Next up for WiFi

New developments like 802.11ac ensure WiFi keeps up with exploding demand

Wi-Fi is blossoming in the enterprise, proving critical, as it is, to the agile, mobile workforce, and new technologies like gigabit Wi-Fi ensure the capabilities keep up with exploding demand. We assess the developments and emerging trends, and chart out where we're going next.

To illustrate the level of dependence the organization has on Wi-Fi, Riverside Medical Center calls codes over the PA system -- much like in medical emergencies -- when the network goes down. "Wireless is such a multifaceted part of the network that it's truly a big deal," he says.

And getting bigger. Besides the fact that organizations are finding new ways to leverage Wi-Fi, workers have tasted the freedom of wireless, have benefited from the productivity boost, and are demanding increased range and better performance, particularly now that many are showing up with their own devices (the whole bring your own device thing). The industry is responding in kind, introducing new products and technologies, including gigabit Wi-Fi (see "Getting ready for gigabit Wi-Fi"), and it is up to IT to orchestrate this new mobile symphony.

"Traffic from wireless and mobile devices will exceed traffic from wired devices by 2017," according to the Cisco Visual Networking Index. While only about a quarter of consumer IP traffic originated from non-PC devices in 2012, non-PC devices will account for almost half of consumer IP traffic by 2017, Cisco says.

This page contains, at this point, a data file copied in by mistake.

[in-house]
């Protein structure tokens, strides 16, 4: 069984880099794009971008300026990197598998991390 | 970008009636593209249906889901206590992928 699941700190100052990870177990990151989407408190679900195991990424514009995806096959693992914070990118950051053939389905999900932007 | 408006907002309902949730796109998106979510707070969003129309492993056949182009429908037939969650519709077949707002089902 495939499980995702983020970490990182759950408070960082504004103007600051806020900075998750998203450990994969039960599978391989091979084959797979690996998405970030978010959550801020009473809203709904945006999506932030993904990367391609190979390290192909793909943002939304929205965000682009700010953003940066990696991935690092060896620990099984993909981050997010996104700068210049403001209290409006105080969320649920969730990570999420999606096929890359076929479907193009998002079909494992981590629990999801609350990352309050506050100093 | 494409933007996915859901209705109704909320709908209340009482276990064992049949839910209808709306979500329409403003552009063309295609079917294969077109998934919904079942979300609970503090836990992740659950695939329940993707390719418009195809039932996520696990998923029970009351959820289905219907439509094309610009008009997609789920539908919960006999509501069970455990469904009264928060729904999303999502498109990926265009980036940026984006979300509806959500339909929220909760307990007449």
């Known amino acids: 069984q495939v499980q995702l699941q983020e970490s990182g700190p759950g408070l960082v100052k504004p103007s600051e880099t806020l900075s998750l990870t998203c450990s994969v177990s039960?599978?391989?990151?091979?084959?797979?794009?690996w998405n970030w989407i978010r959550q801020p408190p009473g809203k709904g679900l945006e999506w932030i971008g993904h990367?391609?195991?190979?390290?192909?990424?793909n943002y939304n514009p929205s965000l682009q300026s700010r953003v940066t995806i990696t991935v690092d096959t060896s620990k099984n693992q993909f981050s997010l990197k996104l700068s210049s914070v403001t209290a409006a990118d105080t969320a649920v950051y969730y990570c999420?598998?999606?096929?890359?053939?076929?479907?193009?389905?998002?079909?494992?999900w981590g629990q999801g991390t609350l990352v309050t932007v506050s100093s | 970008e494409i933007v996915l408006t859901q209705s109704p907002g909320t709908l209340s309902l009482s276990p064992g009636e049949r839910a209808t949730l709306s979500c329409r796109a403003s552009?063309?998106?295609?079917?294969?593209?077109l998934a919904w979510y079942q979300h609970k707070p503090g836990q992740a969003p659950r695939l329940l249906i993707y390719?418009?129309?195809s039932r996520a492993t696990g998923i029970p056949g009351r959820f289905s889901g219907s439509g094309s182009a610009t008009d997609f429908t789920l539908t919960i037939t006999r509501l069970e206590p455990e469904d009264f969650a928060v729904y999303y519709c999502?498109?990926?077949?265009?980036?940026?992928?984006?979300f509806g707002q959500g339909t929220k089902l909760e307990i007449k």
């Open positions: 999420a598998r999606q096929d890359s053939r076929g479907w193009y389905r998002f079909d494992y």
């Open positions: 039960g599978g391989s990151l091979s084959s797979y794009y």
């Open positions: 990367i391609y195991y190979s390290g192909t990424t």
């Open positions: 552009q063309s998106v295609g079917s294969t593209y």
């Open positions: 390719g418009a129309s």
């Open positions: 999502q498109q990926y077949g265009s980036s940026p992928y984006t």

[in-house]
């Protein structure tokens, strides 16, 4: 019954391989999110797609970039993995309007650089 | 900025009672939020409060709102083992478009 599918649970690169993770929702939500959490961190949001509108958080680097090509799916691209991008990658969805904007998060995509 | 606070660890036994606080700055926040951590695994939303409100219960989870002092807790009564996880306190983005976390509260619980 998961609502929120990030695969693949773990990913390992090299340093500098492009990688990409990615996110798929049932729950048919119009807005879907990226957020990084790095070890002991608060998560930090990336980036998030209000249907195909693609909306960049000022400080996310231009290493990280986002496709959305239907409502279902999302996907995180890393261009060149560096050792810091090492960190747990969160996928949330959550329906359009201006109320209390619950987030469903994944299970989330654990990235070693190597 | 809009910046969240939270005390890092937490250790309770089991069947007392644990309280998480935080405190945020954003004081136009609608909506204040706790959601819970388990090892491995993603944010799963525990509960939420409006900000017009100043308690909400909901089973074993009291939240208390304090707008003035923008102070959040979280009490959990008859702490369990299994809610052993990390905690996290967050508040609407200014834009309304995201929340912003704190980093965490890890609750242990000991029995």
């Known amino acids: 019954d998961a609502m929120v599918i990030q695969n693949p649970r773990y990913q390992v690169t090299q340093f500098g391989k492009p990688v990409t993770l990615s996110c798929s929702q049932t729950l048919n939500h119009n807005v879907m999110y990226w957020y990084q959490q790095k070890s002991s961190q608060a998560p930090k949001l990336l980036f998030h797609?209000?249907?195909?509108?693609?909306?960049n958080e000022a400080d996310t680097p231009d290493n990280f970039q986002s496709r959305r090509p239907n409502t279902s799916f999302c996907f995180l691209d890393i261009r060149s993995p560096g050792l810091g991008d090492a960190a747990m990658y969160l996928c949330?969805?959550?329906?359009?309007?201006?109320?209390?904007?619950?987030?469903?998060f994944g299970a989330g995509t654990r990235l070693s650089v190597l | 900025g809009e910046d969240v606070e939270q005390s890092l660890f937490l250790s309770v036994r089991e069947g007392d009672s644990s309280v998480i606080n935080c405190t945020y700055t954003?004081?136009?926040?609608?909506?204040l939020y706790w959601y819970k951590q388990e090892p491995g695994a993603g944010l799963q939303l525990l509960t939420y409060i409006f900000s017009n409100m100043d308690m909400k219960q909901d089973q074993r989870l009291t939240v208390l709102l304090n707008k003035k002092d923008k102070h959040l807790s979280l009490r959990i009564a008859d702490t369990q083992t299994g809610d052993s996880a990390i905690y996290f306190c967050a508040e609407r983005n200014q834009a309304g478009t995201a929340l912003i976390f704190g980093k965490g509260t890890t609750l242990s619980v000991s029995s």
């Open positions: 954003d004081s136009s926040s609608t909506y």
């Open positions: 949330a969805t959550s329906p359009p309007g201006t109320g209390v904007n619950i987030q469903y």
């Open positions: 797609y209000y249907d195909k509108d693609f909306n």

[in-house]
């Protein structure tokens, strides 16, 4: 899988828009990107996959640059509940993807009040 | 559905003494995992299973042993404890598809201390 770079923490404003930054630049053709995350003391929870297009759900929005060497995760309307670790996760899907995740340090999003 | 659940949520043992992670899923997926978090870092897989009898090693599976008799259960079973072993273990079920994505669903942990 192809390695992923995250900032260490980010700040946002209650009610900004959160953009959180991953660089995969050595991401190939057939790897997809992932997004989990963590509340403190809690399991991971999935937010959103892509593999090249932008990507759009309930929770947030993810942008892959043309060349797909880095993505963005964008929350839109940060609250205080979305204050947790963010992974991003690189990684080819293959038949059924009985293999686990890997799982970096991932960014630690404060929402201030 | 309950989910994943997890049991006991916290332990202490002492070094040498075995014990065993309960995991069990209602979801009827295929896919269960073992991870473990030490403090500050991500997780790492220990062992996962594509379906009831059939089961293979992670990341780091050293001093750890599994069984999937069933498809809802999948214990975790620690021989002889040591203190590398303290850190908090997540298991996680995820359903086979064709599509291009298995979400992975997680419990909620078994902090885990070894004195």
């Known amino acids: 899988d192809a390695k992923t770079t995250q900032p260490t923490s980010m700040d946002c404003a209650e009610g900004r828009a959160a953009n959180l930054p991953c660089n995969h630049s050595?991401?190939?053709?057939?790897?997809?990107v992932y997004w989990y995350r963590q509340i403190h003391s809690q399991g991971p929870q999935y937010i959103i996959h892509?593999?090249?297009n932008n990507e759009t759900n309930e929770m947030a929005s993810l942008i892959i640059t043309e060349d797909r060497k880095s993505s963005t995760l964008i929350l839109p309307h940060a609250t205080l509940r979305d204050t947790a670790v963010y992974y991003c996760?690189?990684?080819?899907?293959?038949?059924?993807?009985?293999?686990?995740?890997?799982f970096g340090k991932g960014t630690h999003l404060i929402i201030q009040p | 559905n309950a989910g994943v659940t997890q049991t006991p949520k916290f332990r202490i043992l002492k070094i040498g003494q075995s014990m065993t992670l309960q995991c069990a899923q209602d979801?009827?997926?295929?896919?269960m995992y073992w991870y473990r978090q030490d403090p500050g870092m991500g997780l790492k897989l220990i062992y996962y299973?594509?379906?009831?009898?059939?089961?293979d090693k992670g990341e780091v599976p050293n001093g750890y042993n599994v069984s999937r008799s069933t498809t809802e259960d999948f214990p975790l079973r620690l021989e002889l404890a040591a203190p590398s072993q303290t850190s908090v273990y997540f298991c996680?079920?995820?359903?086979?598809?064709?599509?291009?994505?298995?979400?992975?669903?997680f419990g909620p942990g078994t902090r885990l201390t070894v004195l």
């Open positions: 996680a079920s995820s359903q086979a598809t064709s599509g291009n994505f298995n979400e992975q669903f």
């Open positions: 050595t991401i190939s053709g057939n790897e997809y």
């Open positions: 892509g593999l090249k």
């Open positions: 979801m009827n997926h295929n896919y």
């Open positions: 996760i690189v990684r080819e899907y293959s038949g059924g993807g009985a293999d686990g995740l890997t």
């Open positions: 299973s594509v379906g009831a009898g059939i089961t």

Cisco Visual Networking Index

IT gets it, says Tony Hernandez, principal in Grant Thornton's business consulting practice. Wi-Fi is no longer an afterthought in IT build-outs. "The average office worker still might have a wired connection, but they also have the capability to use Wi-Fi across the enterprise," says Hernandez, noting the shift has happened fast.

"Five years ago, a lot of enterprises were looking at Wi-Fi for common areas such as lobbies and cafeterias and put that traffic on an isolated segment of the network," Hernandez says. "If users wanted access to corporate resources from wireless, they'd have to use a VPN."

Hernandez credits several advances for Wi-Fi's improved stature: enterprise-grade security; sophisticated, software-based controllers; and integrated network management.

Also in the mix: pressure from users who want mobility and flexibility for their corporate machines as well as the ability to access the network from their own devices, including smartphones, tablets and laptops.

Where some businesses have only recently converted to 802.11n from the not-too-distant past of 802.11a/b/g, they now have to decide if their next Wi-Fi purchases will support 802.11ac, the draft IEEE standard that addresses the need for gigabit speed. "The landscape is still 50/50 between 802.11g and 802.11n," Hernandez says. "There are many businesses with older infrastructure that haven't refreshed their Wi-Fi networks yet."

What will push enterprises to move to 802.11ac? Heavier reliance on mobile access to video such as videoconferencing and video streaming, he says.

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